Here are the results for males excluding Vlad, with of course linear trend lines that should absolutely not be interpreted as saying anything about progress with time since surgery.

I was surprised to see a couple of men who were lifting moderately heavy weights within a month or two of surgery, and also just how heavy on average the weights lifted were.  The median adjusted 1RM (for 85 kg 50 year old) were 157 kg for deadlift and 155 kg for squat. Of course, this is almost certainly due to self-selection of experienced lifters who thought their results would be of interest to others.

I am one of the data points. Five months after my left TKR, I also had a replacement of the right hip, so my data is for TKR + hip.  Twelve months after the TKR and 7 months after the hip replacement, I deadlifted 150 kg and squat 120 kg (above parallel) at age 70.

Views are changing on strength training after joint replacement

In my recent internet searches, I came across a number of research papers reporting medium term follow-up studies for people who had continued to run or participate in various sports and found that their outcomes were no worse than those who were not doing those activities.  I also found several medical and physiotherapy websites that explicitly recommended resistance training after joint replacement.  Part 2 of this post will look more closely at these recent studies and at data on joint replacement failure.  In the meantime, I will conclude this post with a couple of quotes:

According to Beacon Orthopedics and Sports Medicine:

“Patients are often most surprised to learn that they are not only permitted to lift weights but are encouraged to lift weights after receiving a joint replacement. In fact, lifting weights is the best thing a patient can do for the prolonged life of their artificial joint.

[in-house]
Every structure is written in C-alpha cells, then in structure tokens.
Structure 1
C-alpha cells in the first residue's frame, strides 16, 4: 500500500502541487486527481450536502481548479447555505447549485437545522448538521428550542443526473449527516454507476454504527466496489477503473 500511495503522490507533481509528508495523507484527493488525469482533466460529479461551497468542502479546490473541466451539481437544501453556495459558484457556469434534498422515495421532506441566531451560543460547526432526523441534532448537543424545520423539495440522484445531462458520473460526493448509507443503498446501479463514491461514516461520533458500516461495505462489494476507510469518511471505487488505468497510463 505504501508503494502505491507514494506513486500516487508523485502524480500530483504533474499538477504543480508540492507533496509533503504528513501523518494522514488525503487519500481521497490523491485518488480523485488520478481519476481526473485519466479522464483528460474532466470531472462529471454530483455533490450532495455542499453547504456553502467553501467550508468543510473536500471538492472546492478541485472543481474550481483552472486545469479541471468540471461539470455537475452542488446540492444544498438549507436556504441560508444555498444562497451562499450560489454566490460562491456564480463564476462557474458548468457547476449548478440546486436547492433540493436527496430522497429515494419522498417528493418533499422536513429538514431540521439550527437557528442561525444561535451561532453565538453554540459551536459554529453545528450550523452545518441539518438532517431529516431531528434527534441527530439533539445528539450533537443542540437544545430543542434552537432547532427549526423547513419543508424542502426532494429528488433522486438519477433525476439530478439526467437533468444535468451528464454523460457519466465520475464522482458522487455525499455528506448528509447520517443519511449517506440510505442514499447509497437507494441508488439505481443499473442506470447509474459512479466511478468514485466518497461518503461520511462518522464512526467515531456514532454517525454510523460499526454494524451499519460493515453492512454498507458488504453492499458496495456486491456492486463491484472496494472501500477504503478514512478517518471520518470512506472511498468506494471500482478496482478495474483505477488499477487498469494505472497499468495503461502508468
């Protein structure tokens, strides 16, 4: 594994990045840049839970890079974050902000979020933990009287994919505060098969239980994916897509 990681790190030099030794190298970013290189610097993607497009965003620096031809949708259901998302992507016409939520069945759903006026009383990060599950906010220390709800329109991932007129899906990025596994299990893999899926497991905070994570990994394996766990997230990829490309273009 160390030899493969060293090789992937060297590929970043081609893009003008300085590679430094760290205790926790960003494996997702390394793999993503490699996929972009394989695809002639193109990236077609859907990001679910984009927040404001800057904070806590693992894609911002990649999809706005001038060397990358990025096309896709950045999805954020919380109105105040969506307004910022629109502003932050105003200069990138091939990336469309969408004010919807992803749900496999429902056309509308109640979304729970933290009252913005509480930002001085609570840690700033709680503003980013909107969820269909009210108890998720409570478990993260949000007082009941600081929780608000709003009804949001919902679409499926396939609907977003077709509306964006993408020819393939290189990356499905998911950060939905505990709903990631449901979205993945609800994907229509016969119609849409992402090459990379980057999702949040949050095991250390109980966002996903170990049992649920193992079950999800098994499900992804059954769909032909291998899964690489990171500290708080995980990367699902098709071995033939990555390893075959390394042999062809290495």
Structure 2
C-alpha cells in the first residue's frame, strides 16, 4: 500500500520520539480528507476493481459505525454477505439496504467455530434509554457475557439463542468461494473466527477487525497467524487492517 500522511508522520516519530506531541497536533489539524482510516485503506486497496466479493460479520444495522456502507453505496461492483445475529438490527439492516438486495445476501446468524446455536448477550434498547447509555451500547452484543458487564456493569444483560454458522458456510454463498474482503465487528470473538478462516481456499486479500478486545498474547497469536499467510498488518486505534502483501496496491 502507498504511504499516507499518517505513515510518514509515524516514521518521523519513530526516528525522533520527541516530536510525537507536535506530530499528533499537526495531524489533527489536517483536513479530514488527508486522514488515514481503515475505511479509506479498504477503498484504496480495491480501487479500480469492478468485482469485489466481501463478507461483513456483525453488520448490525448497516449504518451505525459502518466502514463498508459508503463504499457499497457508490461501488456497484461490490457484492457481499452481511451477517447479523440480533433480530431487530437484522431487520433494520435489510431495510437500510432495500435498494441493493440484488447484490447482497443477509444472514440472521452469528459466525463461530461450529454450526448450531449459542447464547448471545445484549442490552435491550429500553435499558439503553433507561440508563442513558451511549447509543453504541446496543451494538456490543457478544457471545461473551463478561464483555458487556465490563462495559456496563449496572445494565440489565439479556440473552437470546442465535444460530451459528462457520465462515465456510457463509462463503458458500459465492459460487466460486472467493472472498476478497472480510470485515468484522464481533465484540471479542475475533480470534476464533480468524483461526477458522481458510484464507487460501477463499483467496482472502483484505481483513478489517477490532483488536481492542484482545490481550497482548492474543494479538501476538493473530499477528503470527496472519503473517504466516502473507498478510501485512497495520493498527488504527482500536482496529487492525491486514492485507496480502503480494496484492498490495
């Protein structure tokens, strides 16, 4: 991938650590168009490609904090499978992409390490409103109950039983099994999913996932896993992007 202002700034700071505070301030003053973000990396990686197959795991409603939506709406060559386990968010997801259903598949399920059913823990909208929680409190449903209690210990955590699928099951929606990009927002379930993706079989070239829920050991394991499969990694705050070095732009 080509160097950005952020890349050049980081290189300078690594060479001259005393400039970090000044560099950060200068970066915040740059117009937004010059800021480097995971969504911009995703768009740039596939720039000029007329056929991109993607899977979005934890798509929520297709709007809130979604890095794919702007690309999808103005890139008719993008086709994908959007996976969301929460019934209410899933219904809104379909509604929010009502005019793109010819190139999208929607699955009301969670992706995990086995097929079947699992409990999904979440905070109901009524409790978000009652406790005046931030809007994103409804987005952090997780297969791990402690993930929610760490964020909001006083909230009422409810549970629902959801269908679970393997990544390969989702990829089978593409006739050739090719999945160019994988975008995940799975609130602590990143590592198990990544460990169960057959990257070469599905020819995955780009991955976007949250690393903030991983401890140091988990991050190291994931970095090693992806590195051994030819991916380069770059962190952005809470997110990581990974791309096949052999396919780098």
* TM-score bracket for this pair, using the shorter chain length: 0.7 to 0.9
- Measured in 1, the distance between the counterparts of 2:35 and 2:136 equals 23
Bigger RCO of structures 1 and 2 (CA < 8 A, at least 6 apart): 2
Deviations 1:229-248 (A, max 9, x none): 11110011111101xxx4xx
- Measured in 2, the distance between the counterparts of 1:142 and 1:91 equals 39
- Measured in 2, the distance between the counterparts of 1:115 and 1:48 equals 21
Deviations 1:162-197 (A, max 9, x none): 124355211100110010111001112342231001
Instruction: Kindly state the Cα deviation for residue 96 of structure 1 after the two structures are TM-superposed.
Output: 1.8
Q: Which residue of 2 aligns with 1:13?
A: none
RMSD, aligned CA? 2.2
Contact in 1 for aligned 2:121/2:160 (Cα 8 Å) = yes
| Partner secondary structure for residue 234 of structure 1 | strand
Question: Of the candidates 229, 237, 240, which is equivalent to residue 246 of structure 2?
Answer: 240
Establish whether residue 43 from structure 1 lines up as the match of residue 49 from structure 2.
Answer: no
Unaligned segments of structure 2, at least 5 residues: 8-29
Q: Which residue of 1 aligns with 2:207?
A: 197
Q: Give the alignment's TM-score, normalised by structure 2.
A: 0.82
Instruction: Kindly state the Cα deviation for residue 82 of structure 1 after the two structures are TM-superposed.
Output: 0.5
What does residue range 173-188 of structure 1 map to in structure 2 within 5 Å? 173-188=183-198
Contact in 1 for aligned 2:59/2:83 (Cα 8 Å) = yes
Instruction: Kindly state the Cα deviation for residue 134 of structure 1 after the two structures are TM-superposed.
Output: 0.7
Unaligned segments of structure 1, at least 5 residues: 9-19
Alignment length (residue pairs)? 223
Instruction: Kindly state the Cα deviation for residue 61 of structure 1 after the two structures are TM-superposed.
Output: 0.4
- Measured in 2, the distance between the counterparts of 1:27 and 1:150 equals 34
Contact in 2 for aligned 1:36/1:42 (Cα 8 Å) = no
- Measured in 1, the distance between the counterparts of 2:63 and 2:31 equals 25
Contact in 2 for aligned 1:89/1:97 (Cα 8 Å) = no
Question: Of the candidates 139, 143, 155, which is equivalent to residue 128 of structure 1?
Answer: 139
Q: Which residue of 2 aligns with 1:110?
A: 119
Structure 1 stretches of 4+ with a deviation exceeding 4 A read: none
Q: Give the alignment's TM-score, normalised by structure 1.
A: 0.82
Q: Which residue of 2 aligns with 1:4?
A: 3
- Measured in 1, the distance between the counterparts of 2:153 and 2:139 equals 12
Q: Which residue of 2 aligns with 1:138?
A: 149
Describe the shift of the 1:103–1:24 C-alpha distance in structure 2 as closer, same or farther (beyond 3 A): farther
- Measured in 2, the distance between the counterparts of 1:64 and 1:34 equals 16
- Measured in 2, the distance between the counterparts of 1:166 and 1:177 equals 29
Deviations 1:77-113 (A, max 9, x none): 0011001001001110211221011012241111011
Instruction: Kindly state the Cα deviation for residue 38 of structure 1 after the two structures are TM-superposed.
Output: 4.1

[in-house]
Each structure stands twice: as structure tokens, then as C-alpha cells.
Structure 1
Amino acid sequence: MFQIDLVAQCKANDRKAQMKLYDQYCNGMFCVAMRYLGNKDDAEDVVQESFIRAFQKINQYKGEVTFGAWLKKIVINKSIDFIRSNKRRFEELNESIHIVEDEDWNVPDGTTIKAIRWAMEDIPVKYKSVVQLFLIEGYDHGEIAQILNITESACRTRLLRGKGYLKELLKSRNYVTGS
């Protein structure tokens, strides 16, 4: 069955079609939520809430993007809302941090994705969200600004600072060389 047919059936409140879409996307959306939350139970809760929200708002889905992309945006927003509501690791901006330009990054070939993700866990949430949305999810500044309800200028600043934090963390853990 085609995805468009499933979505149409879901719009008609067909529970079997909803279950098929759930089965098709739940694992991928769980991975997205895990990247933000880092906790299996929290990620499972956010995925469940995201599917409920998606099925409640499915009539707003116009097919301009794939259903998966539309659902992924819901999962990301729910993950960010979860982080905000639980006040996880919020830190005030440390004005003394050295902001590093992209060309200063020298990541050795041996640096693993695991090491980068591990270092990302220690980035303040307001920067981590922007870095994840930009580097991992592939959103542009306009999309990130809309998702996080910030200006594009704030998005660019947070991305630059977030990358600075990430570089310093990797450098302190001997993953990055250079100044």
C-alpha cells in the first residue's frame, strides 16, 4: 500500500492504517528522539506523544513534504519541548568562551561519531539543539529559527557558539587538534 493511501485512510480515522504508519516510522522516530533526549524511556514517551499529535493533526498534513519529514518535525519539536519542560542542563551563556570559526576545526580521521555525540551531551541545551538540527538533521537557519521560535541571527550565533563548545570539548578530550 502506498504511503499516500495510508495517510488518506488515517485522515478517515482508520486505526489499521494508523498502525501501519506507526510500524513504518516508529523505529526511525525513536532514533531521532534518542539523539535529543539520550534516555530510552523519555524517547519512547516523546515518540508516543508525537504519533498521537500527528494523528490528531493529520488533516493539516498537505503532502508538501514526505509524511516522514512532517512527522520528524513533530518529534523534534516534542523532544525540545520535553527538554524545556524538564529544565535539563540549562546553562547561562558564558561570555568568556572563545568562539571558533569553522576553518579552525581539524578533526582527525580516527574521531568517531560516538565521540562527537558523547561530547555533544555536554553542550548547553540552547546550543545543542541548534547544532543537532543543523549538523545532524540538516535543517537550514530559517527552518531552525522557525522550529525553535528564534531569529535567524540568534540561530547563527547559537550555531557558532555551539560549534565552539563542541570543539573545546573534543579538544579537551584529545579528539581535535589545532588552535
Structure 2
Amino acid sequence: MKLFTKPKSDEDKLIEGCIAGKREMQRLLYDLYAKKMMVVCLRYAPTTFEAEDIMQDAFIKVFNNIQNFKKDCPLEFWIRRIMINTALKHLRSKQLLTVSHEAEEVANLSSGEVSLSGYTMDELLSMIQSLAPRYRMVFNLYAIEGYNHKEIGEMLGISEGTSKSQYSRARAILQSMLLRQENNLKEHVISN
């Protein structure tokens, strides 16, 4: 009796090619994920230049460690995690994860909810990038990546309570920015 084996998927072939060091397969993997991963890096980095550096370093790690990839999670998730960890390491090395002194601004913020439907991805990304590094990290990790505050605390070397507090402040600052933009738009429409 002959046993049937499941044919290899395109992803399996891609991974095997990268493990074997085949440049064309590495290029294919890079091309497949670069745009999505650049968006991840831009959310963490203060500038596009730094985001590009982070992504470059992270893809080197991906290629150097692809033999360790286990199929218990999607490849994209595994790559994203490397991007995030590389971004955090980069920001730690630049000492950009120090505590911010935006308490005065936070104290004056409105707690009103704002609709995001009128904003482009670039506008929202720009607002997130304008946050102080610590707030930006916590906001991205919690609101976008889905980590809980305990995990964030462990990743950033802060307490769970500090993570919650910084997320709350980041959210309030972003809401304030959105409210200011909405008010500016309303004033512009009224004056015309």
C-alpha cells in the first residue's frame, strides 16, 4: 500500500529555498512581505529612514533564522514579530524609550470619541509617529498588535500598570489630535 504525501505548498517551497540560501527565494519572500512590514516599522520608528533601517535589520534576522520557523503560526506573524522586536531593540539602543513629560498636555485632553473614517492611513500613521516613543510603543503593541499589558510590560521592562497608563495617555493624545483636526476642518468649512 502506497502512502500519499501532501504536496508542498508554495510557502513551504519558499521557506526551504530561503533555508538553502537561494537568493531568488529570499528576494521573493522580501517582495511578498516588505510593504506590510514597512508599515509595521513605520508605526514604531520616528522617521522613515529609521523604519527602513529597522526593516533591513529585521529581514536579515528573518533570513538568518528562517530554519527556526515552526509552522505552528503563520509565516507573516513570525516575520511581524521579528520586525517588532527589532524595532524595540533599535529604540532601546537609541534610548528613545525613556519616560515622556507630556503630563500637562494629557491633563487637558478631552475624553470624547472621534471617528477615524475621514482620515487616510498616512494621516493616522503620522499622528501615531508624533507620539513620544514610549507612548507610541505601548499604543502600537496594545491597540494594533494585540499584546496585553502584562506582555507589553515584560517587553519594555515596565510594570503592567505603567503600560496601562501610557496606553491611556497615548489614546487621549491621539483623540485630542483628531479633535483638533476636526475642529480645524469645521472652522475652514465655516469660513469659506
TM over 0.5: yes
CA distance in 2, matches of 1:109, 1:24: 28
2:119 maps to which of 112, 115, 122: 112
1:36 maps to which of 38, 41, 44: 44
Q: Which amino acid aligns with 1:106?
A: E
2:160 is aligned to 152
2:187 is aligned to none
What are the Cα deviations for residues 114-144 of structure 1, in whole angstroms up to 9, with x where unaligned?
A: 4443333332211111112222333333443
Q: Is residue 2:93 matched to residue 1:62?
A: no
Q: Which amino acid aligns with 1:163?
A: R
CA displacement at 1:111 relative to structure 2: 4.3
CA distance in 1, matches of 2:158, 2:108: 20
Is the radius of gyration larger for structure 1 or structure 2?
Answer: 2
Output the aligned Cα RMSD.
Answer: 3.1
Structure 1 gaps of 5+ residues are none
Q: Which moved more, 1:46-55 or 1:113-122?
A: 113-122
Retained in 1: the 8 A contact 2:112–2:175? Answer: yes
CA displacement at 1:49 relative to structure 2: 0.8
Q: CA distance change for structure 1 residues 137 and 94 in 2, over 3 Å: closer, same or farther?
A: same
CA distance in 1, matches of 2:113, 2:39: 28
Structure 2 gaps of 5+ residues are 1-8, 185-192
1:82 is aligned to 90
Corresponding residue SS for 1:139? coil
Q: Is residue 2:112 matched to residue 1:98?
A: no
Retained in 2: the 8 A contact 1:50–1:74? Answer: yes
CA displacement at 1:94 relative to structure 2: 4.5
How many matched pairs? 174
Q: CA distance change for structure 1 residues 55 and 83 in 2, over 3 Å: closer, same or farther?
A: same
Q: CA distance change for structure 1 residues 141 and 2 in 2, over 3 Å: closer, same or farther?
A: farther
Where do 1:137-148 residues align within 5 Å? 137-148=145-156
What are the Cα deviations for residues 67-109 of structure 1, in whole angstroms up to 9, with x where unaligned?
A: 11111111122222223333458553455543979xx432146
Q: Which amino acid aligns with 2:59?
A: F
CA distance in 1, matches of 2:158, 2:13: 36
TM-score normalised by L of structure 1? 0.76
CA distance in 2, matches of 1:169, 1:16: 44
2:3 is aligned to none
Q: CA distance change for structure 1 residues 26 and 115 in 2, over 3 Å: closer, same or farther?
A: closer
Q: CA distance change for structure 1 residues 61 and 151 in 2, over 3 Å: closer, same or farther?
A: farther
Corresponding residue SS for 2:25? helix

“When done with proper form, weight lifting—also called resistance training—strengthens muscles and increases bone density, all while being relatively easy on the joints. With that said, improper form can severely damage joints, so it is imperative that you use proper form to ensure the longevity of your artificial joint.”

Dr Luke Peterson, knee replacement physical therapist, explains that strength training has huge benefits, resulting in more knee stability and bone density and firmness of knee implant in bone. It is important to use good technique, slow progression and start low intensity and build up slowly.

Kevin Stone, orthopaedic surgeon, writing in 2015, said that “After your knee replacement, our advice is to exercise more than you have in years. Focus on total body muscle building and weight optimization. You can likely return to most sports when you are fit enough to protect your joints.”

If you would like to contribute to my unsystematic dataset, please make a comment with some information on your age, weight, surgery, and time since surgery, as well as 1 rep max for squat or deadlift.

Data sources

1.      https://www.youtube.com/watch?v=VuiOXkq5nn4&t=583s

2.      https://youtu.be/LZSgavGGwao

3.      Matt Vincent. https://www.youtube.com/watch?v=WLHuwD_4c2Y

4.      Shelley Kresan. https://www.youtube.com/watch?v=VuiOXkq5nn4&t=583s

4.      Shelley Kresan. https://www.youtube.com/watch?v=VuiOXkq5nn4&t=583s

5.      https://youtu.be/xRCnO5Sr5bs

6.      James Burnett. https://www.youtube.com/watch?v=VuiOXkq5nn4&t=583s

7.      Colin Mathers. Blog post

8.      Cameron Bucek. https://games.crossfit.com/athlete/225539

9.      https://www.youtube.com/watch?v=VuiOXkq5nn4&t=583s

10.   https://youu.be/bA25mwVIP1g

11.   Vlad Alhazov . https://www.youtube.com/watch?v=MzOXefrlWYM

12.   https://youtu.be/VjL7Q9rwdRQ

13.   https://www.youtube.com/watch?v=08mOL1amDNw

14.   https://youtu.be/YSVsIlHjY5M

15.   Rob Schmidt. https://youtu.be/dtozQJ6A5Is

16.   https://forums.t-nation.com/t/total-knee-replacement-and-squatting-again/246850

17.   Michael Clark. https://www.elitefts.com/training-logs/total-knee-replacement-required/